that combines information from the 6-month collection intervals with respondent-recall
information about rent changes during the preceding month.
One outcome of research by BLS staff into the sample rotation and chaining properties of
CPI estimators has been an examination of the chaining properties of the imputation
formula used to calculate owners' implicit rents. BLS adopted the concept of owners'
equivalent rent in 1983 as the economic concept to be measured by the price index for
owner-occupied housing (Gillingham and Lane, 1982). From 1983-1986 the index was
calculated by simply reweighting the rent sample to represent owner-occupied units.
Beginning in January 1987, BLS began estimating owners' equivalent rent using a sample
of owner-occupied units. Each owner unit was assigned an initial implicit rent based on
a rent level estimated by the field representative. Subsequently, every six months each
owner unit was matched to one or more rental units, and the implicit rent was imputed
forward by the average rent change of the matched rental units. The matching procedure
attempts to match the owner to rental units in the same neighborhood with similar
structural attributes. See BLS Handbook of Methods
(1992) for details on the matching
and imputation procedures and Lane and Sommers (1984) for a discussion of the model
underlying the matching and imputation methodology.
The formula currently used to measure average rent change of matched rental units is an
equally weighted average of renter relatives, or Sauerbeck formula. These relatives are
chained together each time an owner unit is matched, every six months. The tendency of
the Sauerbeck formula to exhibit chain drift could therefore lead to substantial
overstatement of the change in owners' implicit rent. Our research, presented below,
suggests that the overstatement relative to other formulas with better index-number
properties has been about 0.5% per year.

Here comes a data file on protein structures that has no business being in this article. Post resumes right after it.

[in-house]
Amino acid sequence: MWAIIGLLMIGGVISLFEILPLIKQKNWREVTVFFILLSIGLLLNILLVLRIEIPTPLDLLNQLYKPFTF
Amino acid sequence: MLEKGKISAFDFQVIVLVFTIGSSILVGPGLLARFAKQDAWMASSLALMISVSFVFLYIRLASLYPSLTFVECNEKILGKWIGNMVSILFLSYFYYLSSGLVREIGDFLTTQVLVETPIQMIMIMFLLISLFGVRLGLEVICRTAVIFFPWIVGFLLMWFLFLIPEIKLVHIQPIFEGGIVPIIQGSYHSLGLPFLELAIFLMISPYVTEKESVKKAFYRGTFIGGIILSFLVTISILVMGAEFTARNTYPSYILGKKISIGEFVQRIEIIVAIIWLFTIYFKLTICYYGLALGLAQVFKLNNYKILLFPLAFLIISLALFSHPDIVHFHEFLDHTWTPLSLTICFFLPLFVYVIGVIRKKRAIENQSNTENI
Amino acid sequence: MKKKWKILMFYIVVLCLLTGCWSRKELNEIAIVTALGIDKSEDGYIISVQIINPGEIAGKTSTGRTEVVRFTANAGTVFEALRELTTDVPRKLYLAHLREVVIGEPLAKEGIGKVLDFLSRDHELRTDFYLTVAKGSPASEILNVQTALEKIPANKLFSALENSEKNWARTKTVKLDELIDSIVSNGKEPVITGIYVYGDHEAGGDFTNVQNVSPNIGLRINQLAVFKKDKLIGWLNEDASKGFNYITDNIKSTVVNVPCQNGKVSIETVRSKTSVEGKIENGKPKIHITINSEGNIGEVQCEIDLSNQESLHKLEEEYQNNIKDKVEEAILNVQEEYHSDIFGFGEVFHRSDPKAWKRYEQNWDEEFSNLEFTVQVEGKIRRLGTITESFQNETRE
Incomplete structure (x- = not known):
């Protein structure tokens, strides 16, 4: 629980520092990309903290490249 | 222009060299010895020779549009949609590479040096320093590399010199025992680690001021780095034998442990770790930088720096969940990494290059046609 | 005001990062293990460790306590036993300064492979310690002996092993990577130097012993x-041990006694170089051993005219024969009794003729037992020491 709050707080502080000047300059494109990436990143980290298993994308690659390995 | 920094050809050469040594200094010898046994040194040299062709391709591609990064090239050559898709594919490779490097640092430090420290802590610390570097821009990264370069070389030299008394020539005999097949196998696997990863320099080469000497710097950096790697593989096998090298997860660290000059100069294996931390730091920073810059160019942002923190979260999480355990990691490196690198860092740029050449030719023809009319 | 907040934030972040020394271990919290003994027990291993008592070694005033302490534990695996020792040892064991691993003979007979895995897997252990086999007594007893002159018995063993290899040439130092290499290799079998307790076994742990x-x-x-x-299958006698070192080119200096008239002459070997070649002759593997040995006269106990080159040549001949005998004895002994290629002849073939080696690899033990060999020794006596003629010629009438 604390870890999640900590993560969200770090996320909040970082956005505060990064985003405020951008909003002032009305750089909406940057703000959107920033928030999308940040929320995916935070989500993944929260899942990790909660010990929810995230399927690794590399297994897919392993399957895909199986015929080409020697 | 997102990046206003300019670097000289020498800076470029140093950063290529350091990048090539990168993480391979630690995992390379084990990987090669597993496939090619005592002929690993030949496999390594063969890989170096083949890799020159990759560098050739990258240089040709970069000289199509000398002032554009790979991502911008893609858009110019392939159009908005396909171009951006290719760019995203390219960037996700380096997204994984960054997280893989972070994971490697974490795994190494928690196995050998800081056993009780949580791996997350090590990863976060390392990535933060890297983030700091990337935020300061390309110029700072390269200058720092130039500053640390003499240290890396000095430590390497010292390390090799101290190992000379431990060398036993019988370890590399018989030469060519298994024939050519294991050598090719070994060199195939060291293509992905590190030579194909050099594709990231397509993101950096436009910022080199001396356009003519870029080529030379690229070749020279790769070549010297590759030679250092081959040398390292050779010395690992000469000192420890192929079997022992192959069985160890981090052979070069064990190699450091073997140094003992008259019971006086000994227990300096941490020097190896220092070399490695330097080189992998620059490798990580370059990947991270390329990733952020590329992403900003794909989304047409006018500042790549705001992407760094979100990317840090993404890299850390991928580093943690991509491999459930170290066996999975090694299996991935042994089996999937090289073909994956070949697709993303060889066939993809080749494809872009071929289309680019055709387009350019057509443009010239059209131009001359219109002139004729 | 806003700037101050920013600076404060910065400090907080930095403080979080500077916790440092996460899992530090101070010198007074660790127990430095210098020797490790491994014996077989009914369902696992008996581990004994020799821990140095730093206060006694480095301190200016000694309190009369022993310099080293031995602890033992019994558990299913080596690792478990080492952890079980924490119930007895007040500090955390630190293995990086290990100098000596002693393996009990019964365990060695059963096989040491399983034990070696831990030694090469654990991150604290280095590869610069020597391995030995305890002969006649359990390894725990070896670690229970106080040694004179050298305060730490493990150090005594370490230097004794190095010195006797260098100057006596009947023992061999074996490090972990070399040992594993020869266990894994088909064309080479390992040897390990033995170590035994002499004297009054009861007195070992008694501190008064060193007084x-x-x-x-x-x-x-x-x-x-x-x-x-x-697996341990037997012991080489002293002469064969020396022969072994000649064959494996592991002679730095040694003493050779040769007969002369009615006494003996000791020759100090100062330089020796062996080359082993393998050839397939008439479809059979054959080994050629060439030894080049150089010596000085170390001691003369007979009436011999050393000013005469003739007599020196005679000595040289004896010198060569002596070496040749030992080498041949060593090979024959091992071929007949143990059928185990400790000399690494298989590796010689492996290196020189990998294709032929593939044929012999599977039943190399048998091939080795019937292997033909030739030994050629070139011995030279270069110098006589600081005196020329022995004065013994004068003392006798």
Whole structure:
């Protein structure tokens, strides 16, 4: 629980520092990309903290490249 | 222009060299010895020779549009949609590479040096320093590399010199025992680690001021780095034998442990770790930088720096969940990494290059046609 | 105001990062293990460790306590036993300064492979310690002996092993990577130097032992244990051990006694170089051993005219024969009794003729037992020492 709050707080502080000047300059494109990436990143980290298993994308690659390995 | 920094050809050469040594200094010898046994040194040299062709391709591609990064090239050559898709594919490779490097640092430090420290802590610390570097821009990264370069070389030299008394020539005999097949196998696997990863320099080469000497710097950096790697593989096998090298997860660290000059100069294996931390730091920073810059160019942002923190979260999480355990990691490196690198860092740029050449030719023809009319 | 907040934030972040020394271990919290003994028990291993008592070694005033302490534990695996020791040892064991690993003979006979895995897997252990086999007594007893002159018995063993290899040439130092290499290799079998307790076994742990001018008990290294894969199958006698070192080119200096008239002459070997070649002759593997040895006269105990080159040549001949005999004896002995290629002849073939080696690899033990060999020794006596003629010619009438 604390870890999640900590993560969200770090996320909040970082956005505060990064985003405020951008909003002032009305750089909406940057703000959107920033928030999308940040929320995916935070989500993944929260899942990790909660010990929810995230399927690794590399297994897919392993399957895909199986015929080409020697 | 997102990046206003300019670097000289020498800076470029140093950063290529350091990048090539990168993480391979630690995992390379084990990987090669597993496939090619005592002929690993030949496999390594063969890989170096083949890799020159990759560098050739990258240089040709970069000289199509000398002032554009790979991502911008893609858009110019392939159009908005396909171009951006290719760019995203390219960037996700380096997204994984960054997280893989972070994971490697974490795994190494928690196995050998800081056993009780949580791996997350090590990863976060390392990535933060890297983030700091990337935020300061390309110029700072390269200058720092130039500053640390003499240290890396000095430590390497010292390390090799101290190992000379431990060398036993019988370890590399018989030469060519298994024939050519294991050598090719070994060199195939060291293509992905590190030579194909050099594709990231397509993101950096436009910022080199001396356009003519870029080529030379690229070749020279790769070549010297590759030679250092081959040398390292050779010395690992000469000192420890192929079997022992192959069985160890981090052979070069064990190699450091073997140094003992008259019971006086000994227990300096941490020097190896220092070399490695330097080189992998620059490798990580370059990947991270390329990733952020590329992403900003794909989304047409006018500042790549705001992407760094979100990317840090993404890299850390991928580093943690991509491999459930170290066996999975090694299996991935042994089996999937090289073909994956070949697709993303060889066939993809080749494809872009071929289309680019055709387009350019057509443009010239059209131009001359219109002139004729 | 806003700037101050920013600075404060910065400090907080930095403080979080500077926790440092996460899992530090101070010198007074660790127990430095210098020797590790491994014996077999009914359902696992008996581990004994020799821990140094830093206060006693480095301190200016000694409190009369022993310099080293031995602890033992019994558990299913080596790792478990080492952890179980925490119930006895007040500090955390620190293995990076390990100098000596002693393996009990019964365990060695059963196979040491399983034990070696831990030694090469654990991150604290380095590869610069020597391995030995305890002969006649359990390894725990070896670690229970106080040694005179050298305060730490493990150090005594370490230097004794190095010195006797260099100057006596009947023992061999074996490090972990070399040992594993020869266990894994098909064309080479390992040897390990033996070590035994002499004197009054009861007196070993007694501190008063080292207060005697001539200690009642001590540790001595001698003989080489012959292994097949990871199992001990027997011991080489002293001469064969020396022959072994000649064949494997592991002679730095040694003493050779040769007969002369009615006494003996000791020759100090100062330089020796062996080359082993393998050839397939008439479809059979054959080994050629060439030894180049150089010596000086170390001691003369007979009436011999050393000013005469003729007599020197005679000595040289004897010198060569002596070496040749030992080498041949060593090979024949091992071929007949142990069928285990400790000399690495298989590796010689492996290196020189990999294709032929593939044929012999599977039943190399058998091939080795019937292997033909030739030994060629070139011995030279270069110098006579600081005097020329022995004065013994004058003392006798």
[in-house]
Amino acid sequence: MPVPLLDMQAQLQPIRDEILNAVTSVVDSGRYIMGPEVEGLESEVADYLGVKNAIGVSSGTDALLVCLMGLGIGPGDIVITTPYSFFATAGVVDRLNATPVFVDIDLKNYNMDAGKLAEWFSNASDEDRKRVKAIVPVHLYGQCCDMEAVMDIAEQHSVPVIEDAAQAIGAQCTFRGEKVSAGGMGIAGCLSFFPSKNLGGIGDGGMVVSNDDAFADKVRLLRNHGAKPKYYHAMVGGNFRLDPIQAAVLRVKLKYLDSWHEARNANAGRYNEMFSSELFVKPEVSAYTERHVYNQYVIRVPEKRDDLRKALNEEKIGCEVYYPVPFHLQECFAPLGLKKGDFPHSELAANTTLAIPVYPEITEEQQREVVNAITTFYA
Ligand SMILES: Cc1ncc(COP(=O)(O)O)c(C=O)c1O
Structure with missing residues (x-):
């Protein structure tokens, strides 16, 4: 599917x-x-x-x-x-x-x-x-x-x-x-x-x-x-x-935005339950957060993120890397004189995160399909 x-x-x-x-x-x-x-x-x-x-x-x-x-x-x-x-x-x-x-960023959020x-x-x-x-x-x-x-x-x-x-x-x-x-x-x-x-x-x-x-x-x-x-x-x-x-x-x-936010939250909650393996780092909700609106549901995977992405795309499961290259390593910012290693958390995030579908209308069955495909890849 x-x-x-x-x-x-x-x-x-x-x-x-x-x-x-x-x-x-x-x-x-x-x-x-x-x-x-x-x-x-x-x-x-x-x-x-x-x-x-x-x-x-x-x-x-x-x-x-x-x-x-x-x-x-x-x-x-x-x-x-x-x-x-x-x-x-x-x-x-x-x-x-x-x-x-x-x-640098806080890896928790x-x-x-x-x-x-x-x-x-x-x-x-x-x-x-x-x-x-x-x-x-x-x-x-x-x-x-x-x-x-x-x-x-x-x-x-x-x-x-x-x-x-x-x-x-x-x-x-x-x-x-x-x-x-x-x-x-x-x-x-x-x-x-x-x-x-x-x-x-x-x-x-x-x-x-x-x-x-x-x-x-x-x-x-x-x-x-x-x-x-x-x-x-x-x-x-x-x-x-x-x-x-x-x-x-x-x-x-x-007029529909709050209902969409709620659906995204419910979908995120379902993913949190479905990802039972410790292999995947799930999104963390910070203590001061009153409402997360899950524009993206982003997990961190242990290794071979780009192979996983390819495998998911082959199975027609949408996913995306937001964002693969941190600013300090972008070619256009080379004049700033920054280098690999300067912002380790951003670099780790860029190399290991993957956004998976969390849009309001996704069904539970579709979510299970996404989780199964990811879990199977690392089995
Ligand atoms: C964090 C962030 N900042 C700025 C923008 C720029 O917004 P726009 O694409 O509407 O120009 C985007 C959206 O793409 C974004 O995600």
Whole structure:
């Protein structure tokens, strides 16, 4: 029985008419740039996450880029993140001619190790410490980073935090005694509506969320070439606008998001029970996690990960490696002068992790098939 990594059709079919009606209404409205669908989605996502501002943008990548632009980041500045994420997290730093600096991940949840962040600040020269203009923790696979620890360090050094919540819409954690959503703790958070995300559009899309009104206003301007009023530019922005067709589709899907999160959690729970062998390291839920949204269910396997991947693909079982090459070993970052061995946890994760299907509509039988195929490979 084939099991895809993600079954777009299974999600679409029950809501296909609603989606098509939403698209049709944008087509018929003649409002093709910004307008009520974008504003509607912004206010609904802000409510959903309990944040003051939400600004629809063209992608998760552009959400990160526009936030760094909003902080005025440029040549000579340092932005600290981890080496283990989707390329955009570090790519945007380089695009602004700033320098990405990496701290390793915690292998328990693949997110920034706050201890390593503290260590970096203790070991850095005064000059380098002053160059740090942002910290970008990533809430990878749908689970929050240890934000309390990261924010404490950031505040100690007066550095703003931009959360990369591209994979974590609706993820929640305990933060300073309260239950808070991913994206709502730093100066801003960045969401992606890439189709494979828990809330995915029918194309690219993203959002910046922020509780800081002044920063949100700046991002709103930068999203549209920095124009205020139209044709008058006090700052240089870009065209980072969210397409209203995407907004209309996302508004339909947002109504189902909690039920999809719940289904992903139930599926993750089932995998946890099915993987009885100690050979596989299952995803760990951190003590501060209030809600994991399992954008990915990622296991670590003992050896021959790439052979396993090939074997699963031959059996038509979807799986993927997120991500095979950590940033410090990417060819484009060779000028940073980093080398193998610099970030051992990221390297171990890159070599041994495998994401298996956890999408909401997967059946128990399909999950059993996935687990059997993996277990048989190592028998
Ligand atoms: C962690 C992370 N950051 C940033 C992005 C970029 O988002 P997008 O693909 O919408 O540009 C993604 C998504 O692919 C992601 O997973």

To understand how the chaining of imputed owner rent changes causes upward drift,
consider the following example. Suppose that an owner with an initial implicit rent of
$500 is matched to two renters, each of whom also has an initial rent of $500. The first
period, one of the renters experiences a rent increase to $600, and the other rent remains
unchanged. The next period, the first rent remains equal to $600, but the second rent
increases from $500 to $600. An appropriate implicit rent formula should have the
owner's implicit rent increase to $600, or in other words satisfy the "proportionality"
property. The current formula does not satisfy this property, however, and the owner's
implicit rent would increase to $605.
This example illustrates that the current formula causes the implicit rent (and therefore
the index) to overstate the rent change of matched rental units. The current implicit rent
formula was introduced in January 1987—since then the growth rate of the homeowners'
index has exceeded the growth rate of the renters' index by 0.9% per year.
Approximately half of the difference can be attributed to using an inappropriate
The current Sauerbeck imputation formula for the 6-month owner relative is (except for
where Pi, t is the current period pure rent of matched renter i, Pi, t − 6 is the pure rent from
6 months previous, Qj is the set of renters matched to owner j,
and nj is the number of
An alternative formula that satisfies the proportionality criterion is the ratio of sums (A):
The fact that this formula satisfies the proportionality principle is illustrated using the
earlier example, in which the ratio of sums moves the owner's implicit rent to the correct
In the simulations reported below, the age (depreciation) factor was applied to the renter
relatives, as is done in the current index, and then formulas S and A were used to
calculate implicit rents from the matched renters. Similar expressions were applied to
obtain the 1-month changes in implicit rent.
The current composite estimator for shelter was introduced with two objectives: to
improve the timeliness of the index and to reduce the variance. The form of the
composite estimator currently used for rent and homeowners' equivalent rent is
It = 0.65 × Rt, t − 1 × It − 1 + 0.35 × Rt, t − 6 × It − 6 ,